In similar fashion the U.S. continued to conquer and control, long after the continent was absorbed. The Pacific basin was controlled to protect the western U.S. Europe was controlled after WWII to “protect” the U.S. Atlantic coast. Latin America was controlled to protect the U.S. southern flank. Everything was also justified based on U.S. commercial interests. Oil wars anyone? Today the U.S. is a co-belligerent in the Ukrainian war to “protect” downtown Washington DC, 4881 miles away. Yet, in the U.S. mind they have only been going about promoting “democracy” and goodness and light. Rome’s subjects knew the hollowness of such proclamations as well as those subjugated by the U.S.
Both Rome and the U.S. during their imperial growth phase saw the rise of a parasitical class, which was most assuredly not the poor. I discussed the U.S. version of this here and here. The military-industrial complex only lines the pockets of the wealthy, same as in Rome. The middling classes were bought off with payments from the government. Bread and circuses in Rome and Social Security in the U.S., meanwhile the rich got richer in both situations.
The growth of this parasitical class both served and was served the same ends in both Rome and the U.S., the needs of the empire. Rome and the U.S. saw the growth of an overseas governing class, that enriched itself in both cases at the expense of subjugated populations, as well as benefactors domestically. The needs of foreign empire drove the growth of government in both cases. The rise in the size and scope of the U.S. government has clearly coincided with the increase in U.S. control of other nations. This was true for Rome as well. This control bled into domestic policy as the predations of the ruling classes intermingled with foreign policy. Managing trade for the benefits of a few connected elites drove Roman policy as much as it drives U.S. policy.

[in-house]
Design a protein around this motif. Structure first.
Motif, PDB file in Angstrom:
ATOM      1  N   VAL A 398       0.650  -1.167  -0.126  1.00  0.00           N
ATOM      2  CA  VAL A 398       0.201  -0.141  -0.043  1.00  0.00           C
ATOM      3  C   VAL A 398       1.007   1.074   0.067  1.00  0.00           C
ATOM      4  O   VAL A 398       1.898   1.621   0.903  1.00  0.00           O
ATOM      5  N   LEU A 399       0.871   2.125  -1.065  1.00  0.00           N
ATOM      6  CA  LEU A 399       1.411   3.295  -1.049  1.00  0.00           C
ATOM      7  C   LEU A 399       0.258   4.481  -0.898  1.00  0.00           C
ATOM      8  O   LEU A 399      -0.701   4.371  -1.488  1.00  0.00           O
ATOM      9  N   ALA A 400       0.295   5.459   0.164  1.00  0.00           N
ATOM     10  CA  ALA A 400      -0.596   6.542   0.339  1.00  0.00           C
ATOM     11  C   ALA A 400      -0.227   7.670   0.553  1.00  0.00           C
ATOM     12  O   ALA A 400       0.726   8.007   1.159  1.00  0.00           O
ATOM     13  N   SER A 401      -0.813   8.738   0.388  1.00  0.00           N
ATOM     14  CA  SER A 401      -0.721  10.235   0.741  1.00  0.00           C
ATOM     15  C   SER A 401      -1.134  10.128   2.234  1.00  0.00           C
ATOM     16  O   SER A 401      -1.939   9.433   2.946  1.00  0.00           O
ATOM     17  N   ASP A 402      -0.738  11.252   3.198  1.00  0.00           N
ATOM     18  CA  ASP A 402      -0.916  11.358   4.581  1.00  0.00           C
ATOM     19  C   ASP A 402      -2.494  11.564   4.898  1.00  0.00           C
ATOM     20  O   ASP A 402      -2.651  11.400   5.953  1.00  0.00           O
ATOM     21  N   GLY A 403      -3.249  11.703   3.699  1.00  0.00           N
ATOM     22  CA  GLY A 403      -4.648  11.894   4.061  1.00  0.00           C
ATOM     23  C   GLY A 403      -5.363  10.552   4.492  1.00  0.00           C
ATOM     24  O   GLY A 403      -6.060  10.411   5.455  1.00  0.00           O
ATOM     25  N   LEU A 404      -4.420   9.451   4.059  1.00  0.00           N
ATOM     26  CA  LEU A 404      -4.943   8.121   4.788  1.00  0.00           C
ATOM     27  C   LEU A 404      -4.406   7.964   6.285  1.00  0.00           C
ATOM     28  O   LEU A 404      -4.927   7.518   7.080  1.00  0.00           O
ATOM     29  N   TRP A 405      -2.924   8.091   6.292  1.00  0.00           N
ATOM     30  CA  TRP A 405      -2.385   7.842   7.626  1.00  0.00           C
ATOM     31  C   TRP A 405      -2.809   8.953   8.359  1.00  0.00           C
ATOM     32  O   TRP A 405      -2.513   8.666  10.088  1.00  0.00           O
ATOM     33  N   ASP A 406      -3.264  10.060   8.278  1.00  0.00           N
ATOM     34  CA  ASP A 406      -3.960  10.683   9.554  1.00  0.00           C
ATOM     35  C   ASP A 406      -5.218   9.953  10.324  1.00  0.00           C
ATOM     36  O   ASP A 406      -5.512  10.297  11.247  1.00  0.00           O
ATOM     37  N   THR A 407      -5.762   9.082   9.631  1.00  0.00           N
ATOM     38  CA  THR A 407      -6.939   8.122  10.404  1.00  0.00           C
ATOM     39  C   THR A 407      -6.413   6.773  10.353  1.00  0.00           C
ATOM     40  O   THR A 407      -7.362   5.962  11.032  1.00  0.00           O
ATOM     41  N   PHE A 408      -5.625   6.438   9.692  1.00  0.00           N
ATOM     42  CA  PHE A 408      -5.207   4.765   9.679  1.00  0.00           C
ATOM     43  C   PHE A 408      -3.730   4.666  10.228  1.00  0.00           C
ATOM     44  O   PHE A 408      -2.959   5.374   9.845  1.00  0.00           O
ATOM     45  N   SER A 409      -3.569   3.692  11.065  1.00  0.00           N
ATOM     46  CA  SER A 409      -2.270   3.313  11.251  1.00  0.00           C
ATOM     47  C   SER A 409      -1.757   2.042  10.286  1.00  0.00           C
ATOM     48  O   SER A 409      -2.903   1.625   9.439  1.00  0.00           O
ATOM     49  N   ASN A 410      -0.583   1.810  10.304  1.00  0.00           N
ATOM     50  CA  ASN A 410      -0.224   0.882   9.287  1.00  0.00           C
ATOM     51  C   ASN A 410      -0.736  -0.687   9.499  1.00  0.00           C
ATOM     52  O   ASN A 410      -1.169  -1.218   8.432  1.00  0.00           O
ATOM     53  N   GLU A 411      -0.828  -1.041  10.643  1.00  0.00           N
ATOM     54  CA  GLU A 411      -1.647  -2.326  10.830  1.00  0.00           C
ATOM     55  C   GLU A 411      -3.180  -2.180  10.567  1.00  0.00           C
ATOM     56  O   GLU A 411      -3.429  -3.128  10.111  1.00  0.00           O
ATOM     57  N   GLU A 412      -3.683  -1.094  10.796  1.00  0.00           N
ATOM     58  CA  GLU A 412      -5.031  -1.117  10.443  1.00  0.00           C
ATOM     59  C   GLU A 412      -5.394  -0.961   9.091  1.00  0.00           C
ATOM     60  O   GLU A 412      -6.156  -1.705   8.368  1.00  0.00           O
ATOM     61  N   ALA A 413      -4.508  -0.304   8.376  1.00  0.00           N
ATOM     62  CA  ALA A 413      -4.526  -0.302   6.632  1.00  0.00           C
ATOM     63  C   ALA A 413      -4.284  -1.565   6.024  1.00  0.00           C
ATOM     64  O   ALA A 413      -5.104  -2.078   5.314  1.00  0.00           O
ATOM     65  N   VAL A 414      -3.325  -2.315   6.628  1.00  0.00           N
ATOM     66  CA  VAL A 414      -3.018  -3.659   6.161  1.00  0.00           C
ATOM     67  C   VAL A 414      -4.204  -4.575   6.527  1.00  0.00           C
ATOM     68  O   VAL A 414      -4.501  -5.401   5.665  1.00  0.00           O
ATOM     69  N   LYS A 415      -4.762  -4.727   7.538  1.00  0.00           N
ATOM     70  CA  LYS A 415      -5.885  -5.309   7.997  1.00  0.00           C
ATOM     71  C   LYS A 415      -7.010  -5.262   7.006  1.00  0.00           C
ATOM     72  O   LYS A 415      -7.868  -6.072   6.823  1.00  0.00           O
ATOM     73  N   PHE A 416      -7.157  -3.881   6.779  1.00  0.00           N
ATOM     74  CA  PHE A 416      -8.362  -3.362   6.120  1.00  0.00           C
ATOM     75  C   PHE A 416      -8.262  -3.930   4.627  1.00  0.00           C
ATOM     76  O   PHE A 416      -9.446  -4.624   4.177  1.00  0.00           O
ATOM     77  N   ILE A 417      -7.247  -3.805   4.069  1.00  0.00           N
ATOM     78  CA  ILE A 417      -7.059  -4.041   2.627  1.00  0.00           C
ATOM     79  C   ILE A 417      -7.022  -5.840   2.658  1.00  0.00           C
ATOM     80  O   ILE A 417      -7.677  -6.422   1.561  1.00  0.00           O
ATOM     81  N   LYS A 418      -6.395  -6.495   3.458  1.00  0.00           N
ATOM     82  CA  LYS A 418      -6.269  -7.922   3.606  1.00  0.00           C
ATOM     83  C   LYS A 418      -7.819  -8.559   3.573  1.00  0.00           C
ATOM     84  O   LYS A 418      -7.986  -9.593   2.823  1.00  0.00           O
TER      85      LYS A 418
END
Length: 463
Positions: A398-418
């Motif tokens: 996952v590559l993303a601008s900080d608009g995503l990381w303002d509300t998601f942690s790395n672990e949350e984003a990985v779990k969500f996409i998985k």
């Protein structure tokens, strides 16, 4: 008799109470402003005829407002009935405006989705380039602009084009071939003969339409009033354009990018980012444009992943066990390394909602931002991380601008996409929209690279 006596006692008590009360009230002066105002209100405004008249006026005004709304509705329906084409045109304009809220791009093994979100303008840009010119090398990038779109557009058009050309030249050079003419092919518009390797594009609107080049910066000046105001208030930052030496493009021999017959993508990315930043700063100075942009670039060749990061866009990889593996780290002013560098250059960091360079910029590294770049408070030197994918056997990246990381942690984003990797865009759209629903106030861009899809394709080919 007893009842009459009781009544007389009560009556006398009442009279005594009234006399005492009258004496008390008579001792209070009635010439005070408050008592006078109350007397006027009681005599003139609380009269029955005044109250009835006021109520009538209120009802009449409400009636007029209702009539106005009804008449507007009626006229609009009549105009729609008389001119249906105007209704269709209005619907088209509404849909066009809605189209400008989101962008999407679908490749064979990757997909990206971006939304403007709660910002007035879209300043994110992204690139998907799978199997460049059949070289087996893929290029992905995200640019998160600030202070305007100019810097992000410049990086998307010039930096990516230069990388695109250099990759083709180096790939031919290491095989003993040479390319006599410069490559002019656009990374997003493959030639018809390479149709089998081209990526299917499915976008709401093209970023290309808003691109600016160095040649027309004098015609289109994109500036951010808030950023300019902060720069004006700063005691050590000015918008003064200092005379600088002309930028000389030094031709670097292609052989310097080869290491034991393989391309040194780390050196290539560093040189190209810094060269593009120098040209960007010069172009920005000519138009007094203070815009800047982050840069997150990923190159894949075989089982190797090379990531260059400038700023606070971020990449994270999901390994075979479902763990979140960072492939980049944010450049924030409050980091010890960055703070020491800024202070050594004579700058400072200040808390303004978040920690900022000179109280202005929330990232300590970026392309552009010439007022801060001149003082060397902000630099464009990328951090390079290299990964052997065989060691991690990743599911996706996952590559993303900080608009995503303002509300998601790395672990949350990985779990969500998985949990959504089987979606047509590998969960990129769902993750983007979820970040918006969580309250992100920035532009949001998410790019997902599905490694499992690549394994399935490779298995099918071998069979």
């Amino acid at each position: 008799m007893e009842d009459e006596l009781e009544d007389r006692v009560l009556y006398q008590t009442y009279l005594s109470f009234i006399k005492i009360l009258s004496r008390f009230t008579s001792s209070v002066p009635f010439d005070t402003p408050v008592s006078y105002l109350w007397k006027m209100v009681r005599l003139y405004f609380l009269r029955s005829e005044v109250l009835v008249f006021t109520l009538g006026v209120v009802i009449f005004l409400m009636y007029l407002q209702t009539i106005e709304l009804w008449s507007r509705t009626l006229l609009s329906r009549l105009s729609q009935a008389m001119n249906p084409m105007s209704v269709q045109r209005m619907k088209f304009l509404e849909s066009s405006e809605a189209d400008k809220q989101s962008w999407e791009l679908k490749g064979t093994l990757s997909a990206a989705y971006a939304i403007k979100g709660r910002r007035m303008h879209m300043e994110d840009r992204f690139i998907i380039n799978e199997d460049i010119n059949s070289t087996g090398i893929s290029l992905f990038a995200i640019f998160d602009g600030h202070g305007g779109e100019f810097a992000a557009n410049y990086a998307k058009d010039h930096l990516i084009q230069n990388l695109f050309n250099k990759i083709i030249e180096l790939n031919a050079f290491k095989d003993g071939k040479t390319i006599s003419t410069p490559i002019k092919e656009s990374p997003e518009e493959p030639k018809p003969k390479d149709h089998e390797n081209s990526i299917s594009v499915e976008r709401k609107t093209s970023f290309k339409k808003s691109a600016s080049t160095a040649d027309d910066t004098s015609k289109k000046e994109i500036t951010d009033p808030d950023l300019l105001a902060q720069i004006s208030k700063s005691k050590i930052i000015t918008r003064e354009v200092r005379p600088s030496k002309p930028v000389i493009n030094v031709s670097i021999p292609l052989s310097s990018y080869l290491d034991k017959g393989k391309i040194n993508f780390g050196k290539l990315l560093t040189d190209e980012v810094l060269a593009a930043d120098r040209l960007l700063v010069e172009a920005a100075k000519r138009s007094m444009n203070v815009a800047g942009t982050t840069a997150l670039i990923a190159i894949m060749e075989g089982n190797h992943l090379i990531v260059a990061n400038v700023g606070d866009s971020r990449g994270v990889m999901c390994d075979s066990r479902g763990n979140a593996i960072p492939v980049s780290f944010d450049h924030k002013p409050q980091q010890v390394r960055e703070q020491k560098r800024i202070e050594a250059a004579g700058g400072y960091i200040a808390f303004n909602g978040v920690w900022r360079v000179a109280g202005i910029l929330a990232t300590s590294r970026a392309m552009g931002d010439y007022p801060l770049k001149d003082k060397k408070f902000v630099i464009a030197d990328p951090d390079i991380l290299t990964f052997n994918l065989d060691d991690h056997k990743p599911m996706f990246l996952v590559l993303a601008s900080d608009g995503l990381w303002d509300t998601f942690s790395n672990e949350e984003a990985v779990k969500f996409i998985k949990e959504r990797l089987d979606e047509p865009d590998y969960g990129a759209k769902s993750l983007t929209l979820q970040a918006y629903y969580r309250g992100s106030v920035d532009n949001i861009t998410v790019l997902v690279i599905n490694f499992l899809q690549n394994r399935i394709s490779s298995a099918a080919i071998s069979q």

The Inconsequential Differences
No historical analogy is perfect and that includes the comparison between Rome and the U.S. Rome was more authoritarian, more militaristic and more openly imperialistic (even with the lies they told themselves). The U.S. is more market oriented, certainly more capitalistic, and more inclusive regarding its domestic politics. It directs more resources to domestic consumption by political elites than Rome did, reflecting this more democratic reality.
Yet, as real as these differences are, I think them relatively inconsequential. Rome did, and the U.S . does control vast swaths of the world (the U.S. much more global than Rome could ever dream). The U.S. devotes vast resources to the maintenance of this imperial control. They are not hesitant to use overwhelming violence to attain its ends, perhaps even more so than Rome. Both grew by violent conquest and maintained its position due to violence and the threat of violence.
Both cultures treat the military as a glorious institution and state worship as a requirement for public life. Both see the state as a thing to worship and the source of much of life’s meaning. Both built a vast empire while maintaining the outward form of a republic.
This takes Rome to the year 133 BC. This is a notable year for it marked the beginning of serious political violence that lasted, off and on, until the explicit formation of the empire under Augustus in 31 BC. I maintain this is approximately the situation for the U.S. This is our 133 BC. Part II will dive into how the U.S. compares to Rome at this point, and how it may all end the same. Also I will discuss the one key difference that may make all this moot.
Praise Be to God